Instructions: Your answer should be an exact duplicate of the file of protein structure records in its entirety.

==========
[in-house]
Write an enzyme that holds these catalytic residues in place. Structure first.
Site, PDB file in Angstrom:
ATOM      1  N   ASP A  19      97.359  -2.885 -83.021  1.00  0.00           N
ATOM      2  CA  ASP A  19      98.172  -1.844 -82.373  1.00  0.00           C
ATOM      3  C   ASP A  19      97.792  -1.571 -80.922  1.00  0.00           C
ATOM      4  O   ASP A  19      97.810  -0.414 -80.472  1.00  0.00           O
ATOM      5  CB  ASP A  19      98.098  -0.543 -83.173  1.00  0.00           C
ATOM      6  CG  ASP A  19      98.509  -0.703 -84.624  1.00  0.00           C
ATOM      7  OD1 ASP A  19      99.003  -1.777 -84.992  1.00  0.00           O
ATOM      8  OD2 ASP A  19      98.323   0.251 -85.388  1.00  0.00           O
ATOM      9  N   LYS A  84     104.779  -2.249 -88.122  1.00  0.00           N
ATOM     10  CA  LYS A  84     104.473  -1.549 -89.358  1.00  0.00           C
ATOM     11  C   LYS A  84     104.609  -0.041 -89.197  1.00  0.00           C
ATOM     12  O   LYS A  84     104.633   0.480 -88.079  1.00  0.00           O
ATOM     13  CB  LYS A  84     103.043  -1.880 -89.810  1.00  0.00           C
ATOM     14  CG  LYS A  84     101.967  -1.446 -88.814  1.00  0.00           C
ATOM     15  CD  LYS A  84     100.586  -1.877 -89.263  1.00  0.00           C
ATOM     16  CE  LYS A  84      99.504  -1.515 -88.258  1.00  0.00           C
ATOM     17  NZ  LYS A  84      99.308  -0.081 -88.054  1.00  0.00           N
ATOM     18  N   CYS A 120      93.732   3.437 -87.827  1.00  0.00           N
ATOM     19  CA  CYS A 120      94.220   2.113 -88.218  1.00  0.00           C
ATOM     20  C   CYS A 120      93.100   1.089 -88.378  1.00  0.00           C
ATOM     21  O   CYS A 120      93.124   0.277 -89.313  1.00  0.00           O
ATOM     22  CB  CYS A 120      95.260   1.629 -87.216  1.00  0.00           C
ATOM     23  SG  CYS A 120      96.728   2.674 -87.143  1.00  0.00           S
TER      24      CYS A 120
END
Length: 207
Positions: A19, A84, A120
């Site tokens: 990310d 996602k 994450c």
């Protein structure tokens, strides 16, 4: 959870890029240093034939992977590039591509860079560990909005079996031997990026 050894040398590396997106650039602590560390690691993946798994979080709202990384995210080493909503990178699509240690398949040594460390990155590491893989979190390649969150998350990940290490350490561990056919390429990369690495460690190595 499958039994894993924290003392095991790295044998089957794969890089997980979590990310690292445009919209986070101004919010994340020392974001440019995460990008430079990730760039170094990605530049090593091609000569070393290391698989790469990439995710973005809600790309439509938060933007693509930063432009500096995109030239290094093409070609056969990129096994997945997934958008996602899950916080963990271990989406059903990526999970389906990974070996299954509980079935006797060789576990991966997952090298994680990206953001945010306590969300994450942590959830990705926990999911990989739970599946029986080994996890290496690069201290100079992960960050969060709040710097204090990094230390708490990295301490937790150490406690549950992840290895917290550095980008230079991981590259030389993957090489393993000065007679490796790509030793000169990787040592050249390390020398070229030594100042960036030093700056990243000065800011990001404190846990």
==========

[in-house]
Write an enzyme that holds these catalytic residues in place. Structure first.
Site, PDB file in Angstrom:
ATOM      1  N   ASP A  19      97.359  -2.885 -83.021  1.00  0.00           N
ATOM      2  CA  ASP A  19      98.172  -1.844 -82.373  1.00  0.00           C
ATOM      3  C   ASP A  19      97.792  -1.571 -80.922  1.00  0.00           C
ATOM      4  O   ASP A  19      97.810  -0.414 -80.472  1.00  0.00           O
ATOM      5  CB  ASP A  19      98.098  -0.543 -83.173  1.00  0.00           C
ATOM      6  CG  ASP A  19      98.509  -0.703 -84.624  1.00  0.00           C
ATOM      7  OD1 ASP A  19      99.003  -1.777 -84.992  1.00  0.00           O
ATOM      8  OD2 ASP A  19      98.323   0.251 -85.388  1.00  0.00           O
ATOM      9  N   LYS A  84     104.779  -2.249 -88.122  1.00  0.00           N
ATOM     10  CA  LYS A  84     104.473  -1.549 -89.358  1.00  0.00           C
ATOM     11  C   LYS A  84     104.609  -0.041 -89.197  1.00  0.00           C
ATOM     12  O   LYS A  84     104.633   0.480 -88.079  1.00  0.00           O
ATOM     13  CB  LYS A  84     103.043  -1.880 -89.810  1.00  0.00           C
ATOM     14  CG  LYS A  84     101.967  -1.446 -88.814  1.00  0.00           C
ATOM     15  CD  LYS A  84     100.586  -1.877 -89.263  1.00  0.00           C
ATOM     16  CE  LYS A  84      99.504  -1.515 -88.258  1.00  0.00           C
ATOM     17  NZ  LYS A  84      99.308  -0.081 -88.054  1.00  0.00           N
ATOM     18  N   CYS A 120      93.732   3.437 -87.827  1.00  0.00           N
ATOM     19  CA  CYS A 120      94.220   2.113 -88.218  1.00  0.00           C
ATOM     20  C   CYS A 120      93.100   1.089 -88.378  1.00  0.00           C
ATOM     21  O   CYS A 120      93.124   0.277 -89.313  1.00  0.00           O
ATOM     22  CB  CYS A 120      95.260   1.629 -87.216  1.00  0.00           C
ATOM     23  SG  CYS A 120      96.728   2.674 -87.143  1.00  0.00           S
TER      24      CYS A 120
END
Length: 207
Positions: A19, A84, A120
């Site tokens: 990310d 996602k 994450c």
């Protein structure tokens, strides 16, 4: 959870890029240093034939992977590039591509860079560990909005079996031997990026 050894040398590396997106650039602590560390690691993946798994979080709202990384995210080493909503990178699509240690398949040594460390990155590491893989979190390649969150998350990940290490350490561990056919390429990369690495460690190595 499958039994894993924290003392095991790295044998089957794969890089997980979590990310690292445009919209986070101004919010994340020392974001440019995460990008430079990730760039170094990605530049090593091609000569070393290391698989790469990439995710973005809600790309439509938060933007693509930063432009500096995109030239290094093409070609056969990129096994997945997934958008996602899950916080963990271990989406059903990526999970389906990974070996299954509980079935006797060789576990991966997952090298994680990206953001945010306590969300994450942590959830990705926990999911990989739970599946029986080994996890290496690069201290100079992960960050969060709040710097204090990094230390708490990295301490937790150490406690549950992840290895917290550095980008230079991981590259030389993957090489393993000065007679490796790509030793000169990787040592050249390390020398070229030594100042960036030093700056990243000065800011990001404190846990």